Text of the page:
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Jill on Money: Tips, apps for the season of giving and buying

Almost one-third of annual charitable giving is done

Almost one-third of annual charitable giving is done in December, and a big chunk of that is done in the last three days of the year. Credit: Rawpixelimages/

At the end of the year, our thoughts turn to giving. It's also the time of year when the retail holiday machine kicks into high gear.

It's a bit of a paradox, and given the tendency to save so much of the giving and the buying for the last minute, this season of joy can leave us feeling guilty, frenetic and out of control.

My advice is to build on the spirit of Thanksgiving. Write down or say aloud what you are thankful for — or maybe the one good thing that happened that day. For me, that usually involves one of my walks with the dogs, but it could range from a quick phone call with an old friend or a funny experience in the grocery store.

And be charitable, even if it doesn't get you a tax deduction.

Because the new tax law nearly doubled the standard deduction, 85 to 90 percent of Americans will not be entitled to deduct their contributions. But many give purely for altruistic concern for others, not to reduce their tax bills.

Regardless of your motivation for giving, here are three important steps to keep in mind:

•Confirm that the charity is legitimate. Do not provide any personal or financial information until you've researched the charity. Use the IRS' Exempt Organizations Select Check Tool to confirm the organization's federal tax status.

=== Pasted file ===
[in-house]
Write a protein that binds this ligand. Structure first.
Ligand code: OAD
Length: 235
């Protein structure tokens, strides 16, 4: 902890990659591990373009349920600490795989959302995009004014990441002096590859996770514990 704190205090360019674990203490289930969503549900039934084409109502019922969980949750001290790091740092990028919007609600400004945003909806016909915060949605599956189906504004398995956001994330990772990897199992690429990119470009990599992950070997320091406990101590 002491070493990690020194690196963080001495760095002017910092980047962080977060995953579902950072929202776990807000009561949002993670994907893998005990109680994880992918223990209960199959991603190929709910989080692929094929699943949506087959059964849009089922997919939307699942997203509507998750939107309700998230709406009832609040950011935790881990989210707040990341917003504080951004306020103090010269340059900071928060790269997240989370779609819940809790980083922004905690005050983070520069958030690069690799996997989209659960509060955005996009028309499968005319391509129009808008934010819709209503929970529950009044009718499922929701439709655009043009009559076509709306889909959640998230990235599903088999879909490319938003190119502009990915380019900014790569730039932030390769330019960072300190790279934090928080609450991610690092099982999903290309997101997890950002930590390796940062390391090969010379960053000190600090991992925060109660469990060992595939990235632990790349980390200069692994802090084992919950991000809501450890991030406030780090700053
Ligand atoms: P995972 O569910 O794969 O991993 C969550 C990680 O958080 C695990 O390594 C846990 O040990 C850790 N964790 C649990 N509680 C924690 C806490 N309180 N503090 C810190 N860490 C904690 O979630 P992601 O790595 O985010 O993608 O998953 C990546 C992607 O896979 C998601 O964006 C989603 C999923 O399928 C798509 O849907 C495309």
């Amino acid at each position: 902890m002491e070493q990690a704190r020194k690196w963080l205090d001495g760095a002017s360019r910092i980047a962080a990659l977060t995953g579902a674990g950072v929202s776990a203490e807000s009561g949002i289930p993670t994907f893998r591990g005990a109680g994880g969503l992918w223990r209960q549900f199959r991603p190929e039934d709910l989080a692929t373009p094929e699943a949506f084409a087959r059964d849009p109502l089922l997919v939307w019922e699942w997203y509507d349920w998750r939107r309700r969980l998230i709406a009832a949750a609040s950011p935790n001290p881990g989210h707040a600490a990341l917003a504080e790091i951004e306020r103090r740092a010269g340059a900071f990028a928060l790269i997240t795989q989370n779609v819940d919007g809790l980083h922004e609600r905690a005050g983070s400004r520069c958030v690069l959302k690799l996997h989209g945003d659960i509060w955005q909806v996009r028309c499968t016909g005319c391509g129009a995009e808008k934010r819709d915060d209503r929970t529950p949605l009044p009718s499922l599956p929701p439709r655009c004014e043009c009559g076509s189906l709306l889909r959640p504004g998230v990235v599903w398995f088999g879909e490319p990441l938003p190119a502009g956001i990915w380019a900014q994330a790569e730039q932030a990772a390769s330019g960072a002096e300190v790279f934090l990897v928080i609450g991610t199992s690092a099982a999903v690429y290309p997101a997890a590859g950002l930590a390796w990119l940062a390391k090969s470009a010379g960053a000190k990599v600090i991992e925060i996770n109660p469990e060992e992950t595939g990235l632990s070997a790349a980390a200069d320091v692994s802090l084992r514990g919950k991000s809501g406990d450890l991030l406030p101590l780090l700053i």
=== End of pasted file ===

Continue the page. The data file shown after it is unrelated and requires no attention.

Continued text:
•Investigate the charity's financial health. Once you have confirmed that the group is legitimate, you can also see what others say about the organization and how much of your donation goes to supporting programs, as opposed to overhead. The Better Business Bureau's Wise Giving Alliance, Charity Watch, GuideStar and Charity Navigator are all helpful resources.

•Make the contribution using a check or credit card. Never send cash donations or wire money to someone claiming to be a charity. If you are planning to send a check, your payments must be postmarked by midnight Dec. 31 — just writing "Dec. 31" on the check does not automatically qualify you for a deduction; and pledges aren't deductible until paid. Donations made with a credit card are deductible as of the date the account is charged, so if you are a little late in the process, you probably should stick to credit cards.

OK, so now on to the other part of the season — spending. With economic growth on the upswing and unemployment at a 49-year low, you may be thankful this year for more stability or satisfaction at work, a slightly larger paycheck or better job prospects for the future.

You may also feel entitled to spend a little more to celebrate your good fortune, but here's a piece of financial advice from Buzz Kill Jill: Don't spend too much money! Before you get dragged down the holiday rabbit hole, get your head on straight and don't go crazy. That means starting with a list of what you can afford and sticking to your game plan.

According to Deloitte's annual forecast for the holiday season, shoppers are using a blended approach to the shopping season, planning to conduct both online and in-store research before making a purchase. To help, download such apps as ShopSavvy, which allows you to scan the bar code of any product and compare the best prices available; Shopular, which provides news of deals, coupons and location-based notifications; and Flipp, which creates digital versions of circulars from retailers and combines coupons with these local flyers for savings. You should also check out Honey, a free browser extension that automatically finds and applies coupon codes at checkout for over 30,000 shopping sites.

Good luck navigating the paradoxical season!

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